Figure 5: Bitcoin and Ethereum Returns
Source: TradingView as of 3/8/2023 – 3/13/2023 as of 11 am ET
DeFi Demonstrates Resilience
Figure 6: DEX Trading Volume by Protocol
Source: Dune Analytics (@hagaetc). 2/11/2023 – 3/13/2023 as of 11 am ET
Trading volume on the stablecoin DEX, Curve Finance, also surged as people rushed to swap Dai and USDC for Tether during the recent crisis. While the 3Pool reached a severe imbalance with USDT balances (figure 7), no major problems occurred, especially since the USDC peg returned relatively quickly, within a few days. The pool has already started to slowly rebalance, and we expect this to continue to rebalance over time.
Figure 7: Curve 3Pool Composition
Source: Flipside Crypto (@rackhael). 3/1/2023 – 3/13/2023 as of 11 am ET
Looking ahead, we believe the next key event will be The Federal Open Market Committee (FOMC) meeting on March 22, 2023. Given recent market events, it seems unlikely that the Fed will continue an aggressive rate raising regime. The market is mostly pricing in a 25 bps hike, but if banking issues persist, the Fed may decide to ease off entirely and halt rate increases this month. It’s worth noting that the rapid increase in rates was a key factor in the fall of SVB, in particular, so it seems particularly unlikely that the Fed would remain aggressive less than two weeks after the second-largest bank failure in U.S. history.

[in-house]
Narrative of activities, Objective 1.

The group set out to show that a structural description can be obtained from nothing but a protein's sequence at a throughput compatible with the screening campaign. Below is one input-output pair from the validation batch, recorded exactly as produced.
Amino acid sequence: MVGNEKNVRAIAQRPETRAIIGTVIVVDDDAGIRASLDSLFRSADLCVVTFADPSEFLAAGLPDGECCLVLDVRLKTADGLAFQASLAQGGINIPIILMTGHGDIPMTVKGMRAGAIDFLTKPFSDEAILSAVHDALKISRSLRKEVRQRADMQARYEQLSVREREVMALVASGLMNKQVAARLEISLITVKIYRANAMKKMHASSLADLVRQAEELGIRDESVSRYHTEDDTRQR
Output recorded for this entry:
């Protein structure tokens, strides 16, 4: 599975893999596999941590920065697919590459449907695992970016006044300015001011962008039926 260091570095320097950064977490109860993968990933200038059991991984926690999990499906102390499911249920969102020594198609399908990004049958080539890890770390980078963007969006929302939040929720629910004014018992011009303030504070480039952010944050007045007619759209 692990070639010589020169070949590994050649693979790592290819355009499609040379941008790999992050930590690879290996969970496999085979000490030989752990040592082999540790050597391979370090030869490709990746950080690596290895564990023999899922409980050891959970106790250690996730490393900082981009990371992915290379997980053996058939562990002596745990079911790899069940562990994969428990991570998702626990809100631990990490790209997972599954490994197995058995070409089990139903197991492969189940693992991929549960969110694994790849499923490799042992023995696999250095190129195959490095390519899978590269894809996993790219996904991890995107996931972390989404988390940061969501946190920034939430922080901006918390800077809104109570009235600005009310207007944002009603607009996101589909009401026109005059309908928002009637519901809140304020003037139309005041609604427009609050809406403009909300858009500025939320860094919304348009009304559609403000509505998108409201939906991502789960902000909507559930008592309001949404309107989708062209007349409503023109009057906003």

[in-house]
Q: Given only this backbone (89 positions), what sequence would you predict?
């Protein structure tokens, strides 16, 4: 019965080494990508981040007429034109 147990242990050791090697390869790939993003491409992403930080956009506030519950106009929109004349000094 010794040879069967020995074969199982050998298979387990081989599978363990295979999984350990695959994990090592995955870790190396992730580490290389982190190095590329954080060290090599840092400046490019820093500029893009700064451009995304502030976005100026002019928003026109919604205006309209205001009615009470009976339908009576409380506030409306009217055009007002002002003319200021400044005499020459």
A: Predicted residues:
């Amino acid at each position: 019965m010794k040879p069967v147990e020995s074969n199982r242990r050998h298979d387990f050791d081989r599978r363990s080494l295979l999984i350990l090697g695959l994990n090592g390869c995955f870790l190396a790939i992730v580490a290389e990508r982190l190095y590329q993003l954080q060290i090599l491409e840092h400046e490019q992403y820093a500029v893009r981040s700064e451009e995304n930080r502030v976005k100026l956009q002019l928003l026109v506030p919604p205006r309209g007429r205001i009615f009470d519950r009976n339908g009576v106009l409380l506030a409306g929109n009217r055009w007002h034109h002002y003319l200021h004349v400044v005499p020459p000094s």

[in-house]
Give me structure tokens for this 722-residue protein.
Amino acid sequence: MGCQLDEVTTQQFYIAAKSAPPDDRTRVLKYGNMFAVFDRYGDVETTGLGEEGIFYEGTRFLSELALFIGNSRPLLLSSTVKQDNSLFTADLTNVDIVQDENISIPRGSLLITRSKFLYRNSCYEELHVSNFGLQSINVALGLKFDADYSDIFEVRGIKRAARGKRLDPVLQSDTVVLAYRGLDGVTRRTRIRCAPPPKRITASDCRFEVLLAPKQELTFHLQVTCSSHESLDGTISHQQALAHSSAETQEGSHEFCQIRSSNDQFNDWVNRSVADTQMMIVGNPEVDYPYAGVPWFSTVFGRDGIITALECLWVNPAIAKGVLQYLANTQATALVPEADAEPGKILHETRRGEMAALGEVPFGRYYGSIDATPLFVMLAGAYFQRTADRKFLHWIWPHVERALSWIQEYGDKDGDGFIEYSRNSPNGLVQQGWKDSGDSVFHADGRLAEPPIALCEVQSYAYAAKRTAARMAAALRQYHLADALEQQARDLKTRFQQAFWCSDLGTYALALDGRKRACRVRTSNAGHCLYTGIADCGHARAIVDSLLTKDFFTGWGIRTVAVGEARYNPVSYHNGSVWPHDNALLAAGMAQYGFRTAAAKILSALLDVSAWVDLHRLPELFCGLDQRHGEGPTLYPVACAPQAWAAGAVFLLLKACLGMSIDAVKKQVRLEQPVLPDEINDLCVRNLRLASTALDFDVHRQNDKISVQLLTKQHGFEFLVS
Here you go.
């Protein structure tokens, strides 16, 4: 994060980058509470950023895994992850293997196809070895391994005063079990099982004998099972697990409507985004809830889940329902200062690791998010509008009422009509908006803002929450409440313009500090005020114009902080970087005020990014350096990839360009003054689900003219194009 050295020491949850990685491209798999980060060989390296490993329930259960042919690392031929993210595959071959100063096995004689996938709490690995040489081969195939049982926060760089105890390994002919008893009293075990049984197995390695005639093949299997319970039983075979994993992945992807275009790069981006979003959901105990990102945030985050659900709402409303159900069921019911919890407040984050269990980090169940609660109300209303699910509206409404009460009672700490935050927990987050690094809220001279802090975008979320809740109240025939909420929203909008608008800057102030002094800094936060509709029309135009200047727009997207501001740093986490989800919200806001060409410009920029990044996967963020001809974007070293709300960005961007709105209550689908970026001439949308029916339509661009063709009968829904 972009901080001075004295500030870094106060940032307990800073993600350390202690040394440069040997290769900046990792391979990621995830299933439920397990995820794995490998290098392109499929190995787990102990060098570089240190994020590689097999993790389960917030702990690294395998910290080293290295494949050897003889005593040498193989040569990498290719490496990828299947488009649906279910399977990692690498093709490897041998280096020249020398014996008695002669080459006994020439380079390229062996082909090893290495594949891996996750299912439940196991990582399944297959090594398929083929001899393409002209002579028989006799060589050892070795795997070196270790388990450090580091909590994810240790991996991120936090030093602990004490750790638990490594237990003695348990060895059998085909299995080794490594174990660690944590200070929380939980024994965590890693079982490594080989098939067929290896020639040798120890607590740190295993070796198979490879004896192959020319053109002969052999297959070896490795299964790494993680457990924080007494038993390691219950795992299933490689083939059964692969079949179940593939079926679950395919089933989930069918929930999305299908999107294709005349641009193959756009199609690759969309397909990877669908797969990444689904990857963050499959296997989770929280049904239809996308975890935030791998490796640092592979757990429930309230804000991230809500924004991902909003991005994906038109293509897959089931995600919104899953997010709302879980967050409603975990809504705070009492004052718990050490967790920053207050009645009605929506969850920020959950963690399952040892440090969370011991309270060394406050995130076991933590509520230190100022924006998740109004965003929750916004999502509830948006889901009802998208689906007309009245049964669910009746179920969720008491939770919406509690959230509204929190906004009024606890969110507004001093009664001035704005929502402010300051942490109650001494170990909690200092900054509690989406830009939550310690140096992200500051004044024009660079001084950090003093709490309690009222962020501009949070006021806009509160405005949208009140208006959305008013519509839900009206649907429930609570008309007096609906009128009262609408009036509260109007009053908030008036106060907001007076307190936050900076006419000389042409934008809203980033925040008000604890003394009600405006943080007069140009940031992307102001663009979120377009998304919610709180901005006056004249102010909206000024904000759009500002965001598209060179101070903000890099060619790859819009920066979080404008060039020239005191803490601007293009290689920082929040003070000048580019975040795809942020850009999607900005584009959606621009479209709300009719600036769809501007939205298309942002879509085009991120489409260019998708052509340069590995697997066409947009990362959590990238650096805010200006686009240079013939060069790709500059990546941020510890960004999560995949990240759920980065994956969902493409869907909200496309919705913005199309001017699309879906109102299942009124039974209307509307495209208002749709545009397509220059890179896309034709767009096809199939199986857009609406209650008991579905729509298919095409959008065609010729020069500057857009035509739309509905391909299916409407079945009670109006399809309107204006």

Figure 8: FOMC Rate Prediction
Source: Bloomberg as of 3/13/2023
In the unlikely event that the Fed continues to aggressively raise rates, we believe the outlook for crypto would continue to strengthen. Historically, crypto has benefited from quantitative easing measures, and we believe should stand to benefit from any government spending or intervention. Ultimately, the recent failure of these banks has — once again — reminded us of the risks of fractional reserve banking, and could potentially drive further adoption of self-sovereign, decentralized digital assets, like Bitcoin and Ethereum.
1. Total crypto market cap increase. Source: Trading View as of 3/01/23 – 3/13/2023 as of 2 pm ET.
2. As of March 11 statement released by Circle.
3. A bank run is a situation where a large number of depositors withdraw their funds from a bank at the same time due to concerns about the bank’s solvency or ability to meet its financial obligations.
4. The loan-to-deposit ratio is a financial metric that compares the amount of loans issued by a bank to the amount of deposits it has received from customers. It is calculated by dividing the bank’s total loans by its total deposits.
5. Deposits and other sources of bank funding are considered ‘sticky’ if they are likely to be renewed or rolled over by the customer as part of the bank’s funding, including under conditions of stress. Retail customers’ current accounts are often relatively sticky.
6. As of March 11, 2023.
7. Smaller banks defined in this context as banks with less than $200b in consolidated assets.
8. Uniswap Volume as of 3/11/2023 (Saturday) compared to the NASDAQ trading volume from the prior day on 3/10/2023 (Friday).